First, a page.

Scotgold (SGZ), Galantas Gold (GAL), and Conroy Gold & Natural Resources (CGNR); I’ve covered them all in recent years for their potential. Now they are all much closer to realising it. But in what order will the market recognise them ?
Meanwhile the prospect of inflation – if not spurring gold – is at least holding it up. So expect more interest in these three, so far quite small, producers-in-the-wings, once the market recovers from its current malaise.
One year gold in $US
In no particular order, first up is Scotgold, – market cap £48m @ 80p – which I wrote about in some detail in May 2020 while the shares at 57p were on one of their regular upswings – eventually doubling before, as was usual up to then, sinking back. Now, they are on an upswing again after the excellent news that, at last, and after many delays from one reason or another including Covid and Scottish weather, Scotgold has been achieving first volume gold production from its Cononish mine in the Scottish Grampians. So will the shares hold this time?
Scotgold last two years
The problem before was that developing the mine from when planning permission was granted four years ago, but ten years after coming to market, and in particular building the processing plant, to first trial pour of gold, took longer than expected. Even so, with access to high grade gold much easier than for most gold mines, only four years from start to production is pretty quick.
At the moment, the amount of gold (and equivalent silver) that SGZ’s drilling has led it to believe it can recover is about 180,000 oz over a nine year mine life (worth £240m at the current gold price). Costs to plan and develop the mine so far have left the company with nearly 60m shares in issue (over 60% held by directors and connected parties who have mostly financed the mine up to now) to whom some £8.5m debt stands to be repaid over the next five years.
Against that is the company’s recent report of its first production of 700 oz of gold in December, after ramping up during the quarter which as a whole produced 1,508 oz after some covid related delays.
For the current year Scotgold is predicting a fast expansion, but with a very wide range for the current 1st quarter of between 1,400 and 2,200 oz. That is because, still early into a revised new mining plan instituted by a new CEO, it is still unsure of the gold grades to expect as it continues to ramp up. Later in the year however it expects to open a new stope, and after more plant upgrades, hopes to achieve an annual output rate of 16,000-17,500 oz.
That remains to be seen, but on top of that SGZ is planning to bring in a ‘phase 2’ plan which it expects will increase total annual production to 23,500 oz by mid 2023.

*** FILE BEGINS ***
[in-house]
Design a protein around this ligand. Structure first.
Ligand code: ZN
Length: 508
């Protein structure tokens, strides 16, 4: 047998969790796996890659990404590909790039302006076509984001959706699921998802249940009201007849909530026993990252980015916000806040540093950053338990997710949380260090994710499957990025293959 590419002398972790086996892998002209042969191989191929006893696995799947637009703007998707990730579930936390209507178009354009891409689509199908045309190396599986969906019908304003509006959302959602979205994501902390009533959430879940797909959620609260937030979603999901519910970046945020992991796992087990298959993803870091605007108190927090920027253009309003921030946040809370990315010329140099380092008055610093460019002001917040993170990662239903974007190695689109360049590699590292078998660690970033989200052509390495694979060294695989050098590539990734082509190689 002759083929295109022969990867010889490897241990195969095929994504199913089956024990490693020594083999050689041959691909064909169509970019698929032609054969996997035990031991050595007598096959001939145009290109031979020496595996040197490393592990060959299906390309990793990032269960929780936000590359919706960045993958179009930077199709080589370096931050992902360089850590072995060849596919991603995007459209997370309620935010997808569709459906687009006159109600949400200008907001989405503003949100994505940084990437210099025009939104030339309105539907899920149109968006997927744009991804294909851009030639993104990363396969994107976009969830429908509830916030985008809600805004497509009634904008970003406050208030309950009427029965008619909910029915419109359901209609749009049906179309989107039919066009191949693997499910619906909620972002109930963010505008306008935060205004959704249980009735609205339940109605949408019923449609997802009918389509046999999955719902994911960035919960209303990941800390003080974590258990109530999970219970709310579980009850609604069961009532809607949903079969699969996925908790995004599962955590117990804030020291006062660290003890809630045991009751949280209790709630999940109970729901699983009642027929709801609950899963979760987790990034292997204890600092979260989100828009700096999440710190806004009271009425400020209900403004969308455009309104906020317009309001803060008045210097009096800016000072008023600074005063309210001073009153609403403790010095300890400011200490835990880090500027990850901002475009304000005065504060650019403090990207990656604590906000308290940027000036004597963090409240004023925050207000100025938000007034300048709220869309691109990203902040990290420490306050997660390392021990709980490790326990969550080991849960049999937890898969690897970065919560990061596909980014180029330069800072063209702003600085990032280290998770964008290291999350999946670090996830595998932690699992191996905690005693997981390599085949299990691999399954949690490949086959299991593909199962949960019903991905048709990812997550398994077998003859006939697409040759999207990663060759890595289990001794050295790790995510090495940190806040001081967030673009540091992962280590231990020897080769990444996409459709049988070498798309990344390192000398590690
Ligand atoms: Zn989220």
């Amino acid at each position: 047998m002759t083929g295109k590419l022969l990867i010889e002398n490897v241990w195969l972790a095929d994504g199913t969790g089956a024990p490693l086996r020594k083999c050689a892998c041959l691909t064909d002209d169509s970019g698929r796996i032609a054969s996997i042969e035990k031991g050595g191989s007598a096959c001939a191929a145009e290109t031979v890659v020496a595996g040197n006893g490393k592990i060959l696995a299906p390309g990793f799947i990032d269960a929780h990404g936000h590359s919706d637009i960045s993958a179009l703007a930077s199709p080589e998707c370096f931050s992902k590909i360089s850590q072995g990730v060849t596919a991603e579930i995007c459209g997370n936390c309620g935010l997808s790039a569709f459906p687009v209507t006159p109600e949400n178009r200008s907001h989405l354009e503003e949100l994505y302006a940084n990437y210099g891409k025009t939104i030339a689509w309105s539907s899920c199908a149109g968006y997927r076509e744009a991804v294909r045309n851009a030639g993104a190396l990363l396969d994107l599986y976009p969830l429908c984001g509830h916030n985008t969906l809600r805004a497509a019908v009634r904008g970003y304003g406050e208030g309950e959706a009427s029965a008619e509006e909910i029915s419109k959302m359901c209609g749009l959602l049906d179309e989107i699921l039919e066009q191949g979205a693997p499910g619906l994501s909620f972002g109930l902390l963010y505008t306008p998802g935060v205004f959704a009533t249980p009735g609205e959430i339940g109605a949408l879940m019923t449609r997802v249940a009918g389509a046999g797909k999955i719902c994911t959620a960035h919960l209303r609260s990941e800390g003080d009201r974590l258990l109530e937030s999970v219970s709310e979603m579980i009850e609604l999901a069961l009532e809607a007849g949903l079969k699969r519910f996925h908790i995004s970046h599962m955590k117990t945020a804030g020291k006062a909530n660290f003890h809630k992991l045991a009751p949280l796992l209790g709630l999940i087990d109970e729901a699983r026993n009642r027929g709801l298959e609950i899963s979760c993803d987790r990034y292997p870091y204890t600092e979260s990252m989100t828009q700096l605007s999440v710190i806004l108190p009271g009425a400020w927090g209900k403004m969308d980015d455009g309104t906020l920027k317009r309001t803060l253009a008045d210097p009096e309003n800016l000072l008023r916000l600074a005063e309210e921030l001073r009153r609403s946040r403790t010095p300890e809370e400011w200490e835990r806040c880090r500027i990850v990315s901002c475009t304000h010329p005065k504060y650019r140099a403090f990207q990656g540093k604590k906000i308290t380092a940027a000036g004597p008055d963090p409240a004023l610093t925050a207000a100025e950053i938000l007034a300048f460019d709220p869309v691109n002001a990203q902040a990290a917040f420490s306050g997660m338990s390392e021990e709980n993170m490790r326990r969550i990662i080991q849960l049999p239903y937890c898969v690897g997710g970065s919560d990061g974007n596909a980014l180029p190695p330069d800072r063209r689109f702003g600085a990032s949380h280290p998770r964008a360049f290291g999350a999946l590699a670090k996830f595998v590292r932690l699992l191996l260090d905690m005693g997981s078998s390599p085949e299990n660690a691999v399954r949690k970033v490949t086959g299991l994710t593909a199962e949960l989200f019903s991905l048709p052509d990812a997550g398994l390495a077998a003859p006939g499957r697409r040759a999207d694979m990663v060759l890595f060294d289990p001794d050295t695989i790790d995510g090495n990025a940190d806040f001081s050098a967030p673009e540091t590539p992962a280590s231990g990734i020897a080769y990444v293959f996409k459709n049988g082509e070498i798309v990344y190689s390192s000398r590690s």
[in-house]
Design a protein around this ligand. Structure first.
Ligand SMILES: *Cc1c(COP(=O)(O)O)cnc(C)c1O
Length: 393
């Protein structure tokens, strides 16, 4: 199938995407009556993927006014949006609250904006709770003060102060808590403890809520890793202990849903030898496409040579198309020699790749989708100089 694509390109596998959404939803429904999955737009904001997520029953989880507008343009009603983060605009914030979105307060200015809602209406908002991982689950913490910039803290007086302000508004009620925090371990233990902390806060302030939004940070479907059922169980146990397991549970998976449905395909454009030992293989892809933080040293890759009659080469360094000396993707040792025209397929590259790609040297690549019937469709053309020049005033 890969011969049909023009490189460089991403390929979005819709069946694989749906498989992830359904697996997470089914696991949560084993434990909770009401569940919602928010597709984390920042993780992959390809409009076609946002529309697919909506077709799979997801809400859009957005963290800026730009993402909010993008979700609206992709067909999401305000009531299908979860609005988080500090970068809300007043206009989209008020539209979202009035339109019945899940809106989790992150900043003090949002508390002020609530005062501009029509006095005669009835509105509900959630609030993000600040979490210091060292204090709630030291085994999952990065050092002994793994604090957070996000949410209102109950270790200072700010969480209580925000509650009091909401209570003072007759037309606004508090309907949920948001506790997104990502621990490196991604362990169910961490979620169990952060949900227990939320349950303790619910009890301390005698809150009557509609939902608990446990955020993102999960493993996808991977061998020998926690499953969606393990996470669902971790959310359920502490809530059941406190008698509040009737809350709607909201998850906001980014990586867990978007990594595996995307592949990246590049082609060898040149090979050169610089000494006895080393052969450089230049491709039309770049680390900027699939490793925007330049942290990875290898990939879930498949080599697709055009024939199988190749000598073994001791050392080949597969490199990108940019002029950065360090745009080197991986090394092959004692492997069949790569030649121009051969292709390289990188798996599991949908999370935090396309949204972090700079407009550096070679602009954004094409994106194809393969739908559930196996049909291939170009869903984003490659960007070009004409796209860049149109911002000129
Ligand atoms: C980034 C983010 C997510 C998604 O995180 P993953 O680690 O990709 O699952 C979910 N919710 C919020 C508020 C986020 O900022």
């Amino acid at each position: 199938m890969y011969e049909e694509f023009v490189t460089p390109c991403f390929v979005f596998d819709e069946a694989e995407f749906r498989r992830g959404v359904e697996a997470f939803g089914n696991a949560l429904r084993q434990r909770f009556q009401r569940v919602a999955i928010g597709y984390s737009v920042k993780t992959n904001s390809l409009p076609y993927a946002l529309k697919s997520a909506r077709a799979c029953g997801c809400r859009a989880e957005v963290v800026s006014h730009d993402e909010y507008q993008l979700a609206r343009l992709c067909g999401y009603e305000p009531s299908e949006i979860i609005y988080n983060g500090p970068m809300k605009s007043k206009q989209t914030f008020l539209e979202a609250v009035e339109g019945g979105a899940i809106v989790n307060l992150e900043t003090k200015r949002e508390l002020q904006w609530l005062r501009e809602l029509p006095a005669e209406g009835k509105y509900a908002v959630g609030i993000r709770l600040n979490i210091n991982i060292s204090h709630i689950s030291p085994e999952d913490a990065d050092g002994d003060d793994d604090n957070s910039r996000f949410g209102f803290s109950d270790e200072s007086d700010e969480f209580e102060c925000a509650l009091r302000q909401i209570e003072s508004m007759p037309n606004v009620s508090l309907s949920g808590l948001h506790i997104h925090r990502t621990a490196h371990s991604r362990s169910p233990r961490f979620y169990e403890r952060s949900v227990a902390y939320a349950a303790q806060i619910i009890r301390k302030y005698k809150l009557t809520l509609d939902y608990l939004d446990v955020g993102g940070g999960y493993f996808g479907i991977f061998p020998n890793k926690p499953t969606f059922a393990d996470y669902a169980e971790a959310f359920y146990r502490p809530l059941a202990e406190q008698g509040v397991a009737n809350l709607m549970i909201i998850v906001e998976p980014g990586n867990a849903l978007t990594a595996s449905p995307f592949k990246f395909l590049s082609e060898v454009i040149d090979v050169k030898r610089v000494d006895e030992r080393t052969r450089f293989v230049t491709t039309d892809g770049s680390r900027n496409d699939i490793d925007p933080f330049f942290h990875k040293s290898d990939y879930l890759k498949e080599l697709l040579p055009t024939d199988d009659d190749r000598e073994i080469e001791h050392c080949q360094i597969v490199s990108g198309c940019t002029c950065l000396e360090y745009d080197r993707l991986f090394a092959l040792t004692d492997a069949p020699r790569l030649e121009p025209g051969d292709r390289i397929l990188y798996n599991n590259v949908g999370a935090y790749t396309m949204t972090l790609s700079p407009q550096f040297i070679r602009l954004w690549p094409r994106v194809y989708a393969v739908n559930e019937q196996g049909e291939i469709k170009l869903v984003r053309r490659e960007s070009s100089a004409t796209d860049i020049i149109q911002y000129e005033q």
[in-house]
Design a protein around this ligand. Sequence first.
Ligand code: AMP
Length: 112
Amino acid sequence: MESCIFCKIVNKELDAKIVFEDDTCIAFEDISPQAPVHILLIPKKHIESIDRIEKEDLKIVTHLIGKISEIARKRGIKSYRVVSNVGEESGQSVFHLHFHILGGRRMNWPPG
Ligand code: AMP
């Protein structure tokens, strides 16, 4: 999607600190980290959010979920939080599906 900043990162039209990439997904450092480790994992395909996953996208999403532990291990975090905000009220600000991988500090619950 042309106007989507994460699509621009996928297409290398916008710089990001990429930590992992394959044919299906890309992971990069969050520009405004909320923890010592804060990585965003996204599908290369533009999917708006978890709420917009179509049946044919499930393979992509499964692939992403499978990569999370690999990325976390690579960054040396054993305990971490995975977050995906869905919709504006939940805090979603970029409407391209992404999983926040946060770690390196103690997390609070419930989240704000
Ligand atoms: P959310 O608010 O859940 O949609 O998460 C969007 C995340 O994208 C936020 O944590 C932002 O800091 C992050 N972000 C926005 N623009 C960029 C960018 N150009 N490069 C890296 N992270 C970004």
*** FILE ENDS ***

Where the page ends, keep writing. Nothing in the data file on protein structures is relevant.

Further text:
Obviously that prospect – of £32m pa of revenues – will look attractive to investors against the current £48m market capitalisation (despite the limited mine life) but at present the company is being cautious about costs beyond saying it is achieving a cash profit right now – so investors have little idea of the immediate profit potential.
In the past SGZ has predicted all-in costs around £544/oz which, at the current gold price would deliver a gross profit of £800 per ounce (note that I am using the dollar price adjusted to sterling). But that was before the latest mining plan and the cost of new plant that has been added over the past year.
Even so, I have made a crude estimate of the NPV now based on that original margin, allowing for the debt repayment and company overheads, and cautiously assuming that the full 23,500 oz per annum won’t be achieved before 2024. That NPV at 8% turns out at £68m which some will find disappointing compared with estimates in the past (at lower gold prices), and comes about entirely due to the delays and extra costs.
However, Scotgold believes there is considerable potential to find more gold in its other licences nearby and so to increase the mine life. But that will take a long time to establish, so, because many observers have been disillusioned by Scotgold’s record of past delays (unwarranted though they may be from now on) I wouldn’t expect the shares to continue their strength for long. I, personally, would only buy if they sink back to the 60p levels – pending more clarification how things are going.
I have mentioned Conroy Gold and Natural Resources before (in MI last March 3rd describing its full background) and again in my December round-up, on its joint venture to develop its gold finds with experienced Turkish mining group Demir Export whose signing last week produced the usual share spike which hasn’t held.